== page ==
President Mario Draghi in his letter to the European Parliament stated, “The ECB and the Eurosystem currently have no plans to issue a central bank digital currency,”
President Mario Draghi shot down the need for a digital currency for Euro anytime now. EU-sanctioned cryptocurrency is not expected to be out anytime soon now. The ECO president feels that the blockchain technology is too fragile for now.
Reuters reported Draghi as saying that blockchains do “require substantial further development.” In the absence of a concrete need for a new currency the digital Euro is nowhere near the immediate future.
Cash continues to be the showstopper on consumer preference in Europe. Global Cash Index reports, “The overall volume of cash usage is continuing to grow at an estimated compound annual growth rate of 27.8 percent in Eastern Europe and 0.3 percent in Western Europe.”
While the EU consumers would rather choose cash, the trend is different in countries like Venezula, Marshall Islands and Sweden.
High-powered finance is the top use case reported by cryptocurrency enthusiasts. Reportedly several countries like Venezula, Marshall Islands, Thailand, and Sweden are willing to issue cryptocurrencies for their respective economies.
However, the plans of countries embracing cryptocurrencies have been criticized by media and IMF alike.
IMF Managing Director Christine Lagarde did already state, “Policymakers should keep an open mind and work toward an even-handed regulatory framework that minimises risks while allowing the creative process to bear fruit”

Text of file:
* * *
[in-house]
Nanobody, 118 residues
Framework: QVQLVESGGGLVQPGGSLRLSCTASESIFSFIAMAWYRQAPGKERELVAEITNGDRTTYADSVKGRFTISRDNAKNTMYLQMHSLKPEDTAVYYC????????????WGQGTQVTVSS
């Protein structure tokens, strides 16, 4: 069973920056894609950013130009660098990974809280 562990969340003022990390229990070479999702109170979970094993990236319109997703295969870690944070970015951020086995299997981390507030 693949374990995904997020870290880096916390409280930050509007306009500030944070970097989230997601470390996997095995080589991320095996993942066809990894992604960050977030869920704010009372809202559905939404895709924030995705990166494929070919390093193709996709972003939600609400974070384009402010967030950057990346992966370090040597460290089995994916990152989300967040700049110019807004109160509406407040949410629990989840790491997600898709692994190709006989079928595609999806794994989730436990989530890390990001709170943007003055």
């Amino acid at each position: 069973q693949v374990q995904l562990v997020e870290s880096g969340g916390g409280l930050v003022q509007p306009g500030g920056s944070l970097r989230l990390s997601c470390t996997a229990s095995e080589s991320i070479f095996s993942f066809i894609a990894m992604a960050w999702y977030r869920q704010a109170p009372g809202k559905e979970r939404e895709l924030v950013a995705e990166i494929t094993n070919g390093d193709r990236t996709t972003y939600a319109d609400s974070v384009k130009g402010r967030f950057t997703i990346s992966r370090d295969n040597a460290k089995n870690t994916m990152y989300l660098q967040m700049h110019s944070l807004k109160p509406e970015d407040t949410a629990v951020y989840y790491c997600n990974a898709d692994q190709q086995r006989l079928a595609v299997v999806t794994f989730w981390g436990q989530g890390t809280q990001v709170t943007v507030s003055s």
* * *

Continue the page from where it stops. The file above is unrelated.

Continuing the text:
The IMF chief has required central banks to “distinguish between real threats and needless fears.”
Of note, Japan, the most cryptofriendly country permits the use of bitcoins in transactions. The People’s Banks of India establishes the first of its kind research institute exclusively dedicated to study cryptocurrencies.
Christine Lagarde, stated, “Firstly, the illicit use of digital currency plus abuse of consumers’ financial illiteracy must be guarded against. Secondly, innovations from the use of digital mechanisms need to be explored and encouraged. So it’s a combination of having a framework that protects, and not stifling innovation, which can lead to cost efficiency.”
However, Draghi is not able to see any practical need to rush to follow the rest of the world in adopting itself to digital currency. Draghi typically seems to downplay the demand for digital currency. The persistent proof of cash transactions is one reason that Draghi considers as a proof for the lack of push and need to progress towards digital currency.
When considering facts in real-time like cryptos do not fight inflation, Draghi is right. The idea of crypto working against inflation is a myth. Cryptocurrencies in Europe still operate from the legal gray area.
Ultimately, Draghi’s idea of blockchain tech technology is unchallengeable and might not change so easily in the near now.
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